Last night I learned friend had died. We didn’t get to know each other for very long before she got sick from cancer, but I think we both sensed a budding connection, forged by similar senses of humor.
Early on in her illness, she seemed confident she would beat it. We met a few times at the local café, and she would announce the countdown to her last chemo treatment with a calm assurance that this, too, would pass. Her face would tell a different story, but I chose to believe the confidence because I knew we both wanted too.
I kept that belief over the last few months, even as we lost touch her treatments and my decision to start a graduate teacher preparation program kept both of us out from socializing for very different reasons.
A few weeks ago another friend of mine were sitting at that same café wondering if we should reach out, if our friend was at a place where she could receive social calls. Less than 24 hours after our wondering, we learned that her disease was about to come to a sad end, and we both cried.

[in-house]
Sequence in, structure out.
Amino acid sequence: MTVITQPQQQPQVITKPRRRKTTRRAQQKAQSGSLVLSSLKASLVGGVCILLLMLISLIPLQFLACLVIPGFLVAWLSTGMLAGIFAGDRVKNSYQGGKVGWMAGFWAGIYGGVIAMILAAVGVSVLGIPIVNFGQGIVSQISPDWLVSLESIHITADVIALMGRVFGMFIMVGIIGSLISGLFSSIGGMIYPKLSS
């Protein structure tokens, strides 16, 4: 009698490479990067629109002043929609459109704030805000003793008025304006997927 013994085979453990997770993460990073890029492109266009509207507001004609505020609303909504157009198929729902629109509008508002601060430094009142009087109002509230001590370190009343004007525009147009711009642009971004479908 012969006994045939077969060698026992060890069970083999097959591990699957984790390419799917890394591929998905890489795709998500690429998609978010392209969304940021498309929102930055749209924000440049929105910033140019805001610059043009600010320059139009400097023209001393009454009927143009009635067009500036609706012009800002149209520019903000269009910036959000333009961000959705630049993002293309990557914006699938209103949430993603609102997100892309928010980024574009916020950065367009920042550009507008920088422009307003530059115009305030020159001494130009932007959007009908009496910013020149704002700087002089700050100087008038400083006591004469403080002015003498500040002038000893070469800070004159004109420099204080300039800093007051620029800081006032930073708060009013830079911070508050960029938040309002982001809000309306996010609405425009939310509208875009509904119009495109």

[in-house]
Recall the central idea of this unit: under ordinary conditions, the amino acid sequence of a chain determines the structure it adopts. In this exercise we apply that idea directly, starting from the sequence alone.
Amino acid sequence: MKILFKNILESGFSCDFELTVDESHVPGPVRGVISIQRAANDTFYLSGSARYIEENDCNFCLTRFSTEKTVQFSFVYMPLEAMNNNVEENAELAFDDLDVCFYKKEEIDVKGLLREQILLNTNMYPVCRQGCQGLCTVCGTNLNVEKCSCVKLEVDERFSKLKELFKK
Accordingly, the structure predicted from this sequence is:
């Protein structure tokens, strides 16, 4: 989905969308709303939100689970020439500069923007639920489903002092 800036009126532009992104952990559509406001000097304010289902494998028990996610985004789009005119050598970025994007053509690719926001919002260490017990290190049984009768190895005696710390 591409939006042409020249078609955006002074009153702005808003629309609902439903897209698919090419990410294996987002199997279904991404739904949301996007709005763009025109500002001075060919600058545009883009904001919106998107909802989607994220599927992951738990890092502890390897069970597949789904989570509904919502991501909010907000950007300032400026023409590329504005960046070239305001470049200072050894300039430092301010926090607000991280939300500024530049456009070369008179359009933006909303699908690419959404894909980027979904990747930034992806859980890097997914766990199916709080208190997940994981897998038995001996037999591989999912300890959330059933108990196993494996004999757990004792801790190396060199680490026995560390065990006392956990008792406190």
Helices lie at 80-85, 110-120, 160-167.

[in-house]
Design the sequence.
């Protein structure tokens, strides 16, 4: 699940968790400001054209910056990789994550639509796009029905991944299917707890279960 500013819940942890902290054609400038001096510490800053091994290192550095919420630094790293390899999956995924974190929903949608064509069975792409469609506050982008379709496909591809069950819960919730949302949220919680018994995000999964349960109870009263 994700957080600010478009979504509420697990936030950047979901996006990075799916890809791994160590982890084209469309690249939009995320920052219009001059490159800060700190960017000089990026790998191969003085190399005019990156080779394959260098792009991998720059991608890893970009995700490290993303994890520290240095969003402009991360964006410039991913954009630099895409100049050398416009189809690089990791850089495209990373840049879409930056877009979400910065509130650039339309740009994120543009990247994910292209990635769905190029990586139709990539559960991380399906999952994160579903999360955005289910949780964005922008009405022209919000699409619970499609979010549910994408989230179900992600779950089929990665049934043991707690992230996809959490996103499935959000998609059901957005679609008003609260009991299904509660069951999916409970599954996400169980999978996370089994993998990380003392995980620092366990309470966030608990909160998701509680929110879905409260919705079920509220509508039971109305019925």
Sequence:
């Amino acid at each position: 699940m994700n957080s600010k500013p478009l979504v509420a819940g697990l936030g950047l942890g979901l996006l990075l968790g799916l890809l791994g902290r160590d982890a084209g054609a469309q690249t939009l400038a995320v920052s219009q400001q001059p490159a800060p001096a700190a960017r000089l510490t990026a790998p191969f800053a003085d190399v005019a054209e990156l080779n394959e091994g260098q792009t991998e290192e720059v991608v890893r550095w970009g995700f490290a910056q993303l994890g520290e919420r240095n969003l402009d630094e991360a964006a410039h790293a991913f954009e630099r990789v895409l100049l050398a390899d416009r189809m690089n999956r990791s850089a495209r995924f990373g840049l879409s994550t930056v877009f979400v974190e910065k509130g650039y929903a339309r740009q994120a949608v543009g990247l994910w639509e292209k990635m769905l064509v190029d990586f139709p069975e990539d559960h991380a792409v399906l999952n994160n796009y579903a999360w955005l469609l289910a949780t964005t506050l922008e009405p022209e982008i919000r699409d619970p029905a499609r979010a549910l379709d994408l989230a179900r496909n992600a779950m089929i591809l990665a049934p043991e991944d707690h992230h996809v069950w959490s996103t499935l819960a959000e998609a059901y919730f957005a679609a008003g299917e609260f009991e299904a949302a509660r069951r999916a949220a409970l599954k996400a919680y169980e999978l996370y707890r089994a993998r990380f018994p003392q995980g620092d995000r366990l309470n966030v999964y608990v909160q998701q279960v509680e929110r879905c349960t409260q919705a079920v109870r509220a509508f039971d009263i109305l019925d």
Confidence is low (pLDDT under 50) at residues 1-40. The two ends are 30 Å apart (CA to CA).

The first six months of 2019 have been marked by the loss of several friends, and, once, I would have steeped myself in grief and loss. A few years ago, however, another very close friend passed away, and her passing forever changed that. She knew her life was about to end, and, instead of planning a funeral for her self, decided to throw a going away party and tell her friends how grateful she had been to have them in her life. The Big Guy and I cried after we left it, but come up for the most part we went home and into our lives grateful for having known her. I still see her fingerprints around our town, and they make me think of her, and I smile.
Last night, I wept because it is normal to do so when you lose a friend. Then I thought of our short time together and of the places where I will likely see her fingerprints and smile, and made a conscious decision to go to bed grateful for having met her, even if it was for far too brief period of time.
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